This example illustrates how the geometric modeling and electromagnetic calculation capabilities of XFdtd (Release 6) can be applied to antennas on large vehicles.
Airfield Technology was faced with the challenge of locating Flight Inspection System antennas on an unusual aircraft. The Flight Inspection mission places demanding requirements on aircraft antenna performance that can be difficult to meet even with typical aircraft. Airfield Technology was supplying a new Flight Inspection System to the Polish Air Force, which expressed a preference to use a Mielec M-28 aircraft. This aircraft is shown in Figure 1. The dual-vertical stabilizers of the M-28 presented an unusual configuration for a Flight Inspection aircraft and its effect on antenna performance was unknown.
Faced with this challenge, Airfield Technology contacted a well-known expert on numerical electromagnetic methods and their applications in avionics and antenna systems performance, Professor Kent Chamberlin of the University of New Hampshire. Professor Chamberlin referred Airfield Technology to Remcom and XFdtd EM Simulation Software and was a consultant on the study.
Applying XFdtd to this project started with importing a partial CAD file of the M-28 into the software, revising the CAD file to add missing parts, and adding different antennas in various positions. XFdtd was then used for calculating the aircraft skin currents and 2D and 3D antenna patterns. The XFdtd results were used to determine the best antenna type/location combination which would satisfy the antenna coverage requirements.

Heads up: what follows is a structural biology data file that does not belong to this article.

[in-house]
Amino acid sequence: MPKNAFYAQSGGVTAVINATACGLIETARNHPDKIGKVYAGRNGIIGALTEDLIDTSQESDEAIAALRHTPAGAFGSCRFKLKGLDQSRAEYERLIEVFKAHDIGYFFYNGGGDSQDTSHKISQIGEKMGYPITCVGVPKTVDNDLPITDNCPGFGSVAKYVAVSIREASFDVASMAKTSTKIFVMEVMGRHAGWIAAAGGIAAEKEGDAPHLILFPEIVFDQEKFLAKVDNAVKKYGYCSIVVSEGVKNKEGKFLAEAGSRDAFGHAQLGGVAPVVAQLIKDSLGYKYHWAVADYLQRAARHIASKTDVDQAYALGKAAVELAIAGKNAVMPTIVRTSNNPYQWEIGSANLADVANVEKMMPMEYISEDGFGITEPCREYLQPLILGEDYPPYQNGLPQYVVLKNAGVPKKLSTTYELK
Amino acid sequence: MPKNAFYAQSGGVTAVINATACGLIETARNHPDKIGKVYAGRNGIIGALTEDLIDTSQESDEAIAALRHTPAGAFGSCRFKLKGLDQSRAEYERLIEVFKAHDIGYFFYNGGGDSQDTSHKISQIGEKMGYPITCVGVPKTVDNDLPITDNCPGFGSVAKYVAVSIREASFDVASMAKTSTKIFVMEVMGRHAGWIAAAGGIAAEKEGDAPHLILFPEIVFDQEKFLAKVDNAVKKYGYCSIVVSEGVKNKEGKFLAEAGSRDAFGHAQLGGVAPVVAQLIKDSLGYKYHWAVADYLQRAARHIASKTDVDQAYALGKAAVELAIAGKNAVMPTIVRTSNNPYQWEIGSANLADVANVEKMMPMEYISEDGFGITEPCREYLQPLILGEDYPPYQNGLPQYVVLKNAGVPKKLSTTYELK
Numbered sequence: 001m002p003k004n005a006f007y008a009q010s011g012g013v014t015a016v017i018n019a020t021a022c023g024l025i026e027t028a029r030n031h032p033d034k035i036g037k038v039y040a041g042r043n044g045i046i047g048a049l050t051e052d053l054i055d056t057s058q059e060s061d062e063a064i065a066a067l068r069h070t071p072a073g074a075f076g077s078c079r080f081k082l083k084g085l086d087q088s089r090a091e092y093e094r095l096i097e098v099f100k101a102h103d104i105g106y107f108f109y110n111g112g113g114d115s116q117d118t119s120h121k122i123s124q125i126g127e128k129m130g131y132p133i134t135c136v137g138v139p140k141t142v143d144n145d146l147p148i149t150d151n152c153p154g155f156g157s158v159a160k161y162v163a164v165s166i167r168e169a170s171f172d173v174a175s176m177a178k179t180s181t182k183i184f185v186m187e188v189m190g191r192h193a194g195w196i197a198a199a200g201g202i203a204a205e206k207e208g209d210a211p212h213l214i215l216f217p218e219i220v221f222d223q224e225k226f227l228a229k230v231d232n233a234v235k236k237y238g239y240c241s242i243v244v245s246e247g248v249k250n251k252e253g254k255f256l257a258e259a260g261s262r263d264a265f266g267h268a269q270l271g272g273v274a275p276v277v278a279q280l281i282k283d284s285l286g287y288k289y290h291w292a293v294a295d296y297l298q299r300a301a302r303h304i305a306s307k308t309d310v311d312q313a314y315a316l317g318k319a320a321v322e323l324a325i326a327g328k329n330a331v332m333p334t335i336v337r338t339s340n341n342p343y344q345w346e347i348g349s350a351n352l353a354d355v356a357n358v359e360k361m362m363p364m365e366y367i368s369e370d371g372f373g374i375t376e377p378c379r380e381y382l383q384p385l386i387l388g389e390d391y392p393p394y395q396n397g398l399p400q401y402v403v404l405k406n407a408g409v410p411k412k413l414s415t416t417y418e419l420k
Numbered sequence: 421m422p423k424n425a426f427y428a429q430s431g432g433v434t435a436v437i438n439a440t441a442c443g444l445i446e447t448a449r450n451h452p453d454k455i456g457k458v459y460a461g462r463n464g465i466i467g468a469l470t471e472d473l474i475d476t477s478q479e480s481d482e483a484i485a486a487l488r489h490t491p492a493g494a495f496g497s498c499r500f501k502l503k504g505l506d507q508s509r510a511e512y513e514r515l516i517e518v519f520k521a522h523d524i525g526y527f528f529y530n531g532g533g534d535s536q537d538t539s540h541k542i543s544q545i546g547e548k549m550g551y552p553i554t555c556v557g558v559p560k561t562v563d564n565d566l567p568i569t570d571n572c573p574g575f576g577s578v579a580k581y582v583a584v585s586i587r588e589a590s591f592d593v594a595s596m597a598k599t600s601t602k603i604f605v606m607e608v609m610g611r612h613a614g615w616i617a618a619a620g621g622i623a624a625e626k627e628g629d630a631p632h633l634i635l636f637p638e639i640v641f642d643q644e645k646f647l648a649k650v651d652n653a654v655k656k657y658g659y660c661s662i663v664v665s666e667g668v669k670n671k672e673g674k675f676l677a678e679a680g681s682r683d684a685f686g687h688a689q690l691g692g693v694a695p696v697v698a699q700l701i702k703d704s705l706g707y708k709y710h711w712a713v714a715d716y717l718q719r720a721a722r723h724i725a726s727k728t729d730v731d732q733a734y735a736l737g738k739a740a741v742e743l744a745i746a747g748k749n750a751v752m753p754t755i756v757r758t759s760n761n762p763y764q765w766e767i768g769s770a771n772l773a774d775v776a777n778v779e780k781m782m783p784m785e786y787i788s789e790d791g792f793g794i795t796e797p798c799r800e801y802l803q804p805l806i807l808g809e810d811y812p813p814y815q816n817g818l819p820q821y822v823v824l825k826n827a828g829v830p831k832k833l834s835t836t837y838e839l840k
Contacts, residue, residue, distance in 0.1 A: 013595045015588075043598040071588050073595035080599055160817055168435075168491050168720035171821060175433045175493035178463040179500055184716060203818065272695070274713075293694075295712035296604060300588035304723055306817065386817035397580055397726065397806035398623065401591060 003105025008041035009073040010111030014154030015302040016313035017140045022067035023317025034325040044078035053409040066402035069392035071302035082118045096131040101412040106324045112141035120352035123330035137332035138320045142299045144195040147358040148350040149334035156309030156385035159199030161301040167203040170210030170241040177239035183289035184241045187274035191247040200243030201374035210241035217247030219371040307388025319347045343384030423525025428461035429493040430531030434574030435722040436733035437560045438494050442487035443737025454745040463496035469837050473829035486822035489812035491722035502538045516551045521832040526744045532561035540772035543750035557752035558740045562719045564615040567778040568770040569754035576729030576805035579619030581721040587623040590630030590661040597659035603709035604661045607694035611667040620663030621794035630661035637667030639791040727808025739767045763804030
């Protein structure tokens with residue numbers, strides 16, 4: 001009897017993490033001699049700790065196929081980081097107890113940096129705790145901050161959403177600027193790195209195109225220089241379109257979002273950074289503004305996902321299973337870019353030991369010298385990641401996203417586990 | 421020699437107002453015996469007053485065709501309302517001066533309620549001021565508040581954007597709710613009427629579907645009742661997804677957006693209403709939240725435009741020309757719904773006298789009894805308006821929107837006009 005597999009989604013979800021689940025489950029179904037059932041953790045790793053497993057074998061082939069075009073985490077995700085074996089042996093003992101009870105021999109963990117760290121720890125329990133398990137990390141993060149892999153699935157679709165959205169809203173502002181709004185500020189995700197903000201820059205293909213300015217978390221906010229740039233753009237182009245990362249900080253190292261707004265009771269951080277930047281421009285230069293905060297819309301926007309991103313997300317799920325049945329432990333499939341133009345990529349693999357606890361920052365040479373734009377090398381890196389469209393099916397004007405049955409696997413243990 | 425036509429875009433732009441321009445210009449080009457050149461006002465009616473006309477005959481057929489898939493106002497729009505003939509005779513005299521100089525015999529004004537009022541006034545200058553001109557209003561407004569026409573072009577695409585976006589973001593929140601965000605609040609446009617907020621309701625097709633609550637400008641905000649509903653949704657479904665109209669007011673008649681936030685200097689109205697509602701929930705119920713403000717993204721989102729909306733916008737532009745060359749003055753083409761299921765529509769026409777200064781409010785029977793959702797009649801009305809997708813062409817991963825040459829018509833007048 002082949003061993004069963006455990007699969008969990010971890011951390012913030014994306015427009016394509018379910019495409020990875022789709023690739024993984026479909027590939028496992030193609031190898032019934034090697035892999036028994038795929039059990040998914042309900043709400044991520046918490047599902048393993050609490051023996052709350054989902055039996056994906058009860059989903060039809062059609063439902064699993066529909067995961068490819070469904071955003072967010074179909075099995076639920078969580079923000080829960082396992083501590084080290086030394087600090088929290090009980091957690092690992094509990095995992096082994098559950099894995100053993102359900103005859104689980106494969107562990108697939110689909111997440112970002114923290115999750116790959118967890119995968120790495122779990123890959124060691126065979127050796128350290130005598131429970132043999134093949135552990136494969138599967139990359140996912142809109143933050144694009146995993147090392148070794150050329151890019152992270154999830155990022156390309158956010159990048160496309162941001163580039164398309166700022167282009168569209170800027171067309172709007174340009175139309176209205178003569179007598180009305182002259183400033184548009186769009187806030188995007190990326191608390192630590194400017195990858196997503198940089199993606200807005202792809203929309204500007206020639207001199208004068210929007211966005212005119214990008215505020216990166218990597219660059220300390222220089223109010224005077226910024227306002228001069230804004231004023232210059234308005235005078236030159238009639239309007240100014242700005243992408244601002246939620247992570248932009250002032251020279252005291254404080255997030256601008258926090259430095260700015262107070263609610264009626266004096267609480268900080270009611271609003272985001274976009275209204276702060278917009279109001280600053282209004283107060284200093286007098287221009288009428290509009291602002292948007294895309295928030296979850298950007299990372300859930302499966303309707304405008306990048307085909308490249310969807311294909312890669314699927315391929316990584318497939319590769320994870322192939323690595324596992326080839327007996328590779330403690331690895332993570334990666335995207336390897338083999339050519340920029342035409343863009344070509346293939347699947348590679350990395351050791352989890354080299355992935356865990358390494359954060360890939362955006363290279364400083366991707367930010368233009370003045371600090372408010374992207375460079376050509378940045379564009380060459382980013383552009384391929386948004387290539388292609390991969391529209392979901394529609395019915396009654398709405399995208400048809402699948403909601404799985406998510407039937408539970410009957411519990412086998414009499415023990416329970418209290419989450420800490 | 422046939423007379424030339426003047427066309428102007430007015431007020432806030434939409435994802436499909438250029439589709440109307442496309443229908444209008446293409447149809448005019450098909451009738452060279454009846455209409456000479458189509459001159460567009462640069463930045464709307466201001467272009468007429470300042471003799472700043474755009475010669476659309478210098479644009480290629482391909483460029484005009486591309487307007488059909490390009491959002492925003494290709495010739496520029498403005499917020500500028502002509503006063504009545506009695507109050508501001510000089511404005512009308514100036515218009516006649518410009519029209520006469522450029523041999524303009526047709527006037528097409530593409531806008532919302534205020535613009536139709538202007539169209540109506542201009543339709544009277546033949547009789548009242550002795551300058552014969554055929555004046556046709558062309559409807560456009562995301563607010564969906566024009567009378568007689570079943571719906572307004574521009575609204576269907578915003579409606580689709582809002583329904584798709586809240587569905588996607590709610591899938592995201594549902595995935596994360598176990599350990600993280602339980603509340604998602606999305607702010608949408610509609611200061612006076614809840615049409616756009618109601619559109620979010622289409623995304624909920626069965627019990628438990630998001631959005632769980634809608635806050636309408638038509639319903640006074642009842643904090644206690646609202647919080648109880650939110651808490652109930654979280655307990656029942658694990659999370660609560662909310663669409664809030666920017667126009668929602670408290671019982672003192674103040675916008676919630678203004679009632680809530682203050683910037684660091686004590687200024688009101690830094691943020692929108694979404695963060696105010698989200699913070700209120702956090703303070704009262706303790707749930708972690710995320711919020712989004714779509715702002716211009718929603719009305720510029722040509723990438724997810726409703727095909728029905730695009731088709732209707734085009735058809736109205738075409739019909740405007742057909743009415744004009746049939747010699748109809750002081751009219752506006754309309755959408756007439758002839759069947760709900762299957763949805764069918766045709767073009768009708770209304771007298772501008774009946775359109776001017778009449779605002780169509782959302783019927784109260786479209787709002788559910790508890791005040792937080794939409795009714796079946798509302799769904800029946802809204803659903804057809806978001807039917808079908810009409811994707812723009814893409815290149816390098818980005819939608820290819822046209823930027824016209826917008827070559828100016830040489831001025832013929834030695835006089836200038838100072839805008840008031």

Importing and Editing the M-28 Aircraft Model in XFdtd
The M-28 analysis started with a CAD file that was provided by the aircraft manufacturer. The CAD file included most of the aircraft geometry. Figure 2 shows the CAD file in the XFdtd import window. This particular CAD model of the M28 contains 10,827 objects in a file about 150 MB in size. The import result is shown in Figure 3.
After importing the M28 geometry into XFdtd, it became clear the CAD file supplied did not describe the complete aircraft. The model lacked a rear hatch and the engines and propellers were absent. Using XFdtd geometric primitives and Boolean operations, the missing components were added to the aircraft.
Based on drawings of the engines, CAD models of the engines were created using the XFdtd geometrical modeler. First a single engine model was created and saved as a CAD file in SAT format. The SAT engine model could then be imported back into XFdtd. The engine geometry was imported twice and positioned on each wing. Also, the tires were changed to a non-conductive dielectric approximating rubber. The process is shown in Figures 2-5. Now all that remained was to add antennas to the model and run the XFdtd simulations.
Calculating Antenna Performance for the M-28 Aircraft Using XFdtd
Once the aircraft model was ready, the M-28 analysis continued with placement of antennas on the aircraft. The study involved two different antenna types, a balanced half-loop antenna called a 'towel bar' and a bent dipole V-shaped antenna. Two of the half-loop antennas can be seen on the side of the aircraft in the first figure. These antennas are installed in pairs on each side of the aircraft and phased to provide symmetrical antenna patterns when fed together. The bent dipole antennas are located on the aircraft centerline.